A belay can be established using either a direct or indirect connection. Each type has advantages and disadvantages. The choice will depend on the intended use of the belay.
a. Direct Belay. The direct belay removes any possible forces from the belayer and places this force completely on the anchor. Used often for rescue installations or to bring a second climber up to a new belay position in conjunction with the Munter hitch, the belay can be placed above the belayer's stance, creating a comfortable position and ease of applying the brake. Also, if the second falls or weights the rope, the belayer is not locked into a position. Direct belays provide no shock-absorbing properties from the belayer's attachment to the system as does the indirect belay; therefore, the belayer is apt to pay closer attention to the belaying process.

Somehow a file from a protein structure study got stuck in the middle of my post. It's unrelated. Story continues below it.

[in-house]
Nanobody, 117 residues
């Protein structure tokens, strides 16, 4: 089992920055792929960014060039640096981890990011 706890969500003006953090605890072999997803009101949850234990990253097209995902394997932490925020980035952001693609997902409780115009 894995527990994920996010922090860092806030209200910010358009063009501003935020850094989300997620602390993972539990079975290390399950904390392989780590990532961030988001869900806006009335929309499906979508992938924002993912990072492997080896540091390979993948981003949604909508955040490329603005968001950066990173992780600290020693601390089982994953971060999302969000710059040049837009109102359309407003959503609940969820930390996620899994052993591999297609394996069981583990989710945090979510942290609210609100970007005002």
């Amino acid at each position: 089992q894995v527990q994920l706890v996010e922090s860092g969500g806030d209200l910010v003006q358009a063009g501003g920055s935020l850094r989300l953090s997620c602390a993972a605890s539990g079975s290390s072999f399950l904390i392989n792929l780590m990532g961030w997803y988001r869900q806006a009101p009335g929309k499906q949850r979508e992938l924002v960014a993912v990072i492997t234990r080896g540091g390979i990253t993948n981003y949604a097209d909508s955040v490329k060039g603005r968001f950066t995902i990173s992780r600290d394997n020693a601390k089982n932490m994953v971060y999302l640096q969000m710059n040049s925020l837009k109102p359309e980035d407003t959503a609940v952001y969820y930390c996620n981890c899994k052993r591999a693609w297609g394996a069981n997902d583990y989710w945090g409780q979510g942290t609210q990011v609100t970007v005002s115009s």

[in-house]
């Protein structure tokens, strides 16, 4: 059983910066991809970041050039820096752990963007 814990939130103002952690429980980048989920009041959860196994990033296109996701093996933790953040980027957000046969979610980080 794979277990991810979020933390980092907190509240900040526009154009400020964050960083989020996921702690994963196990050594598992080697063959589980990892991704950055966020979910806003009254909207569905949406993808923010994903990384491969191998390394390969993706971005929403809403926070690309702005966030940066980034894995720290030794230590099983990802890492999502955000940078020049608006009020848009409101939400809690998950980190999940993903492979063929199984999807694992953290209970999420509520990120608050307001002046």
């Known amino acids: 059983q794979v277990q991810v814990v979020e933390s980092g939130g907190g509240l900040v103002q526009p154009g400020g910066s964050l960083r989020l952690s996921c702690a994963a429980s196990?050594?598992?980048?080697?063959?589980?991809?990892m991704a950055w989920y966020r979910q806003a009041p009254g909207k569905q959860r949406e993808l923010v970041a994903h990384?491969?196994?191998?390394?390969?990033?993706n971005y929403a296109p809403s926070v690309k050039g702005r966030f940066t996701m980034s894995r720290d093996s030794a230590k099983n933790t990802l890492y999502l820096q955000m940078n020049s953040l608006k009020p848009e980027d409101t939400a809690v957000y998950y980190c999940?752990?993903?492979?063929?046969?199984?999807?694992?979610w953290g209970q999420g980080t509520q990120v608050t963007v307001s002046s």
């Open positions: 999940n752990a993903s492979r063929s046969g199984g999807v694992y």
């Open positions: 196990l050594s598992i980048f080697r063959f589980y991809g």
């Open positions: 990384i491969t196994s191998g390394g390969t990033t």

b. Indirect Belay. An indirect belay, the most commonly used, uses a belay device attached to the belayer's harness. This type of belay provides dynamic shock or weight absorption by the belayer if the climber falls or weights the rope, which reduces the direct force on the anchor and prevents a severe shock load to the anchor.
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